News tagged with plastic

Related topics: brain · neurons · synapses

A close look at blinking after facial transplantation

Recovery of blinking function is a critical but easily overlooked outcome after facial transplantation, according to a report in the January issue of Plastic and Reconstructive Surgery, the official medical journal of the ...

Dec 29, 2014
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Smartphone thumb skills alter our brains

When people spend time interacting with their smartphones via touchscreen, it actually changes the way their thumbs and brains work together, according to a report in the Cell Press journal Current Biology on December 23. ...

Dec 23, 2014
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What's on your surgeon's playlist?

Music and medicine are deeply connected. But is operating to music a good idea? And, if so, what kind of music should theatre staff be listening to?

Dec 11, 2014
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Plastic

Plastic is the general common term for a wide range of synthetic or semisynthetic organic amorphous solid materials suitable for the manufacture of industrial products. Plastics are typically polymers of high molecular weight, and may contain other substances to improve performance and/or reduce costs.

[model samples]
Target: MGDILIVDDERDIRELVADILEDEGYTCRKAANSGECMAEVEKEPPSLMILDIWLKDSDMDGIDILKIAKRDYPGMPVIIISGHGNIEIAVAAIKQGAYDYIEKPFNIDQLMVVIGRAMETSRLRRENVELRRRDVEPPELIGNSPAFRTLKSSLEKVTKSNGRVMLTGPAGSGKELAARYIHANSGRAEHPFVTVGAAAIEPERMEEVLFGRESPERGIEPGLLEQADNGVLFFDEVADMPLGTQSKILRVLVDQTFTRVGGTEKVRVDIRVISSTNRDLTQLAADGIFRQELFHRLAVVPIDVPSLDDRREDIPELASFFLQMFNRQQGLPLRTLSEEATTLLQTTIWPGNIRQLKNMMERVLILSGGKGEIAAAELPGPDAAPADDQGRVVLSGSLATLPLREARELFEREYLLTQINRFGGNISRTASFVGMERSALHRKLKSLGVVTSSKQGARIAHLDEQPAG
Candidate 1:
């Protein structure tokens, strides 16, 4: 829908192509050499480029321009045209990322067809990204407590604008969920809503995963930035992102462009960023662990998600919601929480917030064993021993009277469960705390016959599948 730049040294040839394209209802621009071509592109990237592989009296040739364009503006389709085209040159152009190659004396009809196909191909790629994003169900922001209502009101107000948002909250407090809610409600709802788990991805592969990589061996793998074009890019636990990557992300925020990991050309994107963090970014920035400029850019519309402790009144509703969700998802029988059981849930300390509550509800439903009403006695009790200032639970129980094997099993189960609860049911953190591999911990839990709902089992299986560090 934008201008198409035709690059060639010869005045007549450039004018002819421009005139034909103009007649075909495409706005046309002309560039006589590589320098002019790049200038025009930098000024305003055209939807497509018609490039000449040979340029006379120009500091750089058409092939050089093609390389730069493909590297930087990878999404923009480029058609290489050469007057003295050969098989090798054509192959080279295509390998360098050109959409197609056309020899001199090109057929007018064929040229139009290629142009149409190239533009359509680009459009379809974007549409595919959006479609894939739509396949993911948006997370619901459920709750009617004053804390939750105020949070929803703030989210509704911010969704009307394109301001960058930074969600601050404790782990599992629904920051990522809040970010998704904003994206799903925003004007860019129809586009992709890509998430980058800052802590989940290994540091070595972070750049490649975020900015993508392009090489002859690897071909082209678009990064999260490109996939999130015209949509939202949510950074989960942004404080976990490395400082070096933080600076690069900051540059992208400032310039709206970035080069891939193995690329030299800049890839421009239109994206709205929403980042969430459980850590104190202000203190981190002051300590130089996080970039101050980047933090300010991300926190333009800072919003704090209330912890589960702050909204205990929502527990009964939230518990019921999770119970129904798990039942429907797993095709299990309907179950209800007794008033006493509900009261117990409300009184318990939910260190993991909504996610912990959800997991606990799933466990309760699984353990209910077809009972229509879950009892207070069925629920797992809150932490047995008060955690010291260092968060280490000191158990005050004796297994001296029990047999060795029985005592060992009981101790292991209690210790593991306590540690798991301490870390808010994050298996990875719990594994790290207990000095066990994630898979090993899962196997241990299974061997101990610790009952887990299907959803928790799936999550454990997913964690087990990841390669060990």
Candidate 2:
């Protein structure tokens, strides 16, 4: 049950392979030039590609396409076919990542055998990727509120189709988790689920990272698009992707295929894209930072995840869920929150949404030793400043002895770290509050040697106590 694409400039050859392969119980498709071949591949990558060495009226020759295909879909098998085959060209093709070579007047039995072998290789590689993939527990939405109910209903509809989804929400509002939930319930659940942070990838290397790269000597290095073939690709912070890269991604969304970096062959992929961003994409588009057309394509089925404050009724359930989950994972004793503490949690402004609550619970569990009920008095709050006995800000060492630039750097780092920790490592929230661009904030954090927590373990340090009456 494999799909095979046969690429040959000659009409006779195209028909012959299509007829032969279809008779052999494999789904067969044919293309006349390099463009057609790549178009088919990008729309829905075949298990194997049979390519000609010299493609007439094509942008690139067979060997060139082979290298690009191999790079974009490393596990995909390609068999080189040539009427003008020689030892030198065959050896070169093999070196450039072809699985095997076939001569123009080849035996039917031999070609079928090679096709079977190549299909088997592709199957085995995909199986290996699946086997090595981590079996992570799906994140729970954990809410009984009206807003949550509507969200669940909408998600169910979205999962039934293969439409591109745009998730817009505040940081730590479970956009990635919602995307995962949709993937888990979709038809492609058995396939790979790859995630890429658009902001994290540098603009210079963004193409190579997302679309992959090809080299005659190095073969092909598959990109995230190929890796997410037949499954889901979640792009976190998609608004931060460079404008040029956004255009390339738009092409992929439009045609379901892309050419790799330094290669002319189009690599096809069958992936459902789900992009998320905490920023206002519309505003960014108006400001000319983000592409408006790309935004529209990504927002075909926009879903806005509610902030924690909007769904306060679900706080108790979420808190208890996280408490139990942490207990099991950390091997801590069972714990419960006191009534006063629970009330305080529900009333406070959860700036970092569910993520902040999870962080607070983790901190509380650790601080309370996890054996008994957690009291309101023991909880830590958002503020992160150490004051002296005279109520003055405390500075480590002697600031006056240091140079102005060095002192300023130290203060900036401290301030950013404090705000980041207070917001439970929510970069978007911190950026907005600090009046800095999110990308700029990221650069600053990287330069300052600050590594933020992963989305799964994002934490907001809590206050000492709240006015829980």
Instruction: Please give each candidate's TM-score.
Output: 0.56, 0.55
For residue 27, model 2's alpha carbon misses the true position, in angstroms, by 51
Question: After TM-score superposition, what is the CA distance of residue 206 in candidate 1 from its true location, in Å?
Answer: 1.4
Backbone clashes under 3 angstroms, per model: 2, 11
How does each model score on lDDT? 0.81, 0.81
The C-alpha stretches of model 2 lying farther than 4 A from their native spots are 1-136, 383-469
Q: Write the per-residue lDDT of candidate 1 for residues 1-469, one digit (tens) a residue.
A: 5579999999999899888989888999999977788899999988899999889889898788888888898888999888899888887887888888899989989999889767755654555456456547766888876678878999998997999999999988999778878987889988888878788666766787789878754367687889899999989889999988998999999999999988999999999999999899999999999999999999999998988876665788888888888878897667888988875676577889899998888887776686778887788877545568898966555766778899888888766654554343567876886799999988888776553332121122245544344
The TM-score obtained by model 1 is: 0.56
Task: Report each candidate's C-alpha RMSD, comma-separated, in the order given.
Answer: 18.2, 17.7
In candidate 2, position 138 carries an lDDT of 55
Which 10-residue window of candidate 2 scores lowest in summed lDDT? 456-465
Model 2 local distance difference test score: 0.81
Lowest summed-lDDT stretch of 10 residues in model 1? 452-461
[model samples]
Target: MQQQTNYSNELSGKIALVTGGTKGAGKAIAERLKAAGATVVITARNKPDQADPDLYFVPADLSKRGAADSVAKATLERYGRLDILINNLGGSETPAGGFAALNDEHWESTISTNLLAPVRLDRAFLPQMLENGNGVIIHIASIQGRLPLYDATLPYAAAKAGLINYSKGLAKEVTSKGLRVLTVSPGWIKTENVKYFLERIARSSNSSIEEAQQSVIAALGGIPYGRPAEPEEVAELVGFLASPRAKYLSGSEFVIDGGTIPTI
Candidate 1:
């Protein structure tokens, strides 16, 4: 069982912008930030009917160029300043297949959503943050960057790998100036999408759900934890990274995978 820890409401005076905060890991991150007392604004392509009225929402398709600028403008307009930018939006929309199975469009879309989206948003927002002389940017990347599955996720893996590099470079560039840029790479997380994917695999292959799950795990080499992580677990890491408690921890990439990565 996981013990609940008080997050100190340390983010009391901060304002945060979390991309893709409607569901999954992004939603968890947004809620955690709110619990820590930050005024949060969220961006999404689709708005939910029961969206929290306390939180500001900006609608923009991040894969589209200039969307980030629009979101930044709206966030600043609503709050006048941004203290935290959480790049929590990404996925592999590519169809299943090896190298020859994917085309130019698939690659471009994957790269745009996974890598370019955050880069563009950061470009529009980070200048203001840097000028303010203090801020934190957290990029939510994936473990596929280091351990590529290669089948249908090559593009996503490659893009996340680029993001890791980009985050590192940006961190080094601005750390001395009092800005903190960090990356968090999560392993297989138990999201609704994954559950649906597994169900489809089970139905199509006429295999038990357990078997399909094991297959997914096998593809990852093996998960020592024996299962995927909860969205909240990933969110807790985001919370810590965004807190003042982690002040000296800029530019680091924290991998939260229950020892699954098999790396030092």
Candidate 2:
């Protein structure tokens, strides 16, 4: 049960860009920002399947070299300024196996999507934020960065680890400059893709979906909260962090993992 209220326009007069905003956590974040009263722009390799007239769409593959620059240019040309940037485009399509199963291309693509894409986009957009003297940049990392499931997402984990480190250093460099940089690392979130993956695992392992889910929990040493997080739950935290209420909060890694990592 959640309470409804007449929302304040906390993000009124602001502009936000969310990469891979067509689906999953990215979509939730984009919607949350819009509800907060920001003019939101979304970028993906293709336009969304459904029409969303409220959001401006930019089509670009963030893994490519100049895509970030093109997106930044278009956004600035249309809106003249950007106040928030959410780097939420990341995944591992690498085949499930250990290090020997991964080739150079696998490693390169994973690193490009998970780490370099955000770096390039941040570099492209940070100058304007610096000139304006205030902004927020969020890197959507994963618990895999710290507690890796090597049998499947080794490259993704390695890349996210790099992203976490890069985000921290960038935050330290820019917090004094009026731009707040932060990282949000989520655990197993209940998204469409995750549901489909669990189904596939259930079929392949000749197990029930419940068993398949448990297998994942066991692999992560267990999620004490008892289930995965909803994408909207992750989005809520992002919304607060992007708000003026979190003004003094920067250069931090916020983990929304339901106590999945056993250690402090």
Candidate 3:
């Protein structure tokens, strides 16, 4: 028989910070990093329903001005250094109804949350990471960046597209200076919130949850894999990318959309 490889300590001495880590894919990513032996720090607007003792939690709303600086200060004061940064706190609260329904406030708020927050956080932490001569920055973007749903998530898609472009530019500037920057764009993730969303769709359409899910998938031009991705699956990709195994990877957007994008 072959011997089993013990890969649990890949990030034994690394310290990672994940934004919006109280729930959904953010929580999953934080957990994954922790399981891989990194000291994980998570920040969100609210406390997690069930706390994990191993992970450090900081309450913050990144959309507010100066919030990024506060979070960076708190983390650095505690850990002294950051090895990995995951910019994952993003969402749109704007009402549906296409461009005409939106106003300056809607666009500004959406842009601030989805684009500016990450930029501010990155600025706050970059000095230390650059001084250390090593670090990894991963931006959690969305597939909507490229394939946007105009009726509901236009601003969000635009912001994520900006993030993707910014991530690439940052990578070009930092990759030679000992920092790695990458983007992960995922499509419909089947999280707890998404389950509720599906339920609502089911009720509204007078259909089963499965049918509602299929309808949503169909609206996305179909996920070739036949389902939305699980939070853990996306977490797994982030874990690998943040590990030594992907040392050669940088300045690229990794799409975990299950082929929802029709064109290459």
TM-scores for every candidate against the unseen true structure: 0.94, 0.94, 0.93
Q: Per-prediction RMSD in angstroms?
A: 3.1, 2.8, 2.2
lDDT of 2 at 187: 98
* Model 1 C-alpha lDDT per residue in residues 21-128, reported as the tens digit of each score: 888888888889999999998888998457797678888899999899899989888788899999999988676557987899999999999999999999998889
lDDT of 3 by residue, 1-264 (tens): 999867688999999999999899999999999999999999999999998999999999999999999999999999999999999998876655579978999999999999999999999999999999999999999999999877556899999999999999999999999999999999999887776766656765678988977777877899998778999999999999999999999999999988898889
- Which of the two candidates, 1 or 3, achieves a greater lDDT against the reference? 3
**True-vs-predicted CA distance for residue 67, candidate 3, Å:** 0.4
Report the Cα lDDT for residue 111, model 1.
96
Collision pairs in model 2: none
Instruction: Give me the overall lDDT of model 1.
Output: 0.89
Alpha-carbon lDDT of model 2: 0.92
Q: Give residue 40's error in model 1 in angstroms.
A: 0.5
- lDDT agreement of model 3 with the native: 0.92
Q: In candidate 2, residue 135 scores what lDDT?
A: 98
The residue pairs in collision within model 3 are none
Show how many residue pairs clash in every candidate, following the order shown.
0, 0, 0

The word derives from the Greek πλαστικός (plastikos) meaning fit for molding, and πλαστός (plastos) meaning molded. It refers to their malleability, or plasticity during manufacture, that allows them to be cast, pressed, or extruded into an enormous variety of shapes—such as films, fibers, plates, tubes, bottles, boxes, and much more.

The common word plastic should not be confused with the technical adjective plastic, which is applied to any material which undergoes a permanent change of shape (plastic deformation) when strained beyond a certain point. Aluminum, for instance, is plastic in this sense, but not a plastic in the common sense; while some plastics, in their finished forms, will break before deforming and therefore are not plastic in the technical sense.

There are two types of plastics: thermoplastics and thermosets. Thermoplastics, if exposed to enough heat, will melt. Thermosets will keep their shape until they are charred and burnt. Some examples of thermoplastics are grocery bags, piano keys and some automobile parts. Examples of thermosets are children's dinner sets and circuit boards.

This text uses material from Wikipedia, licensed under CC BY-SA

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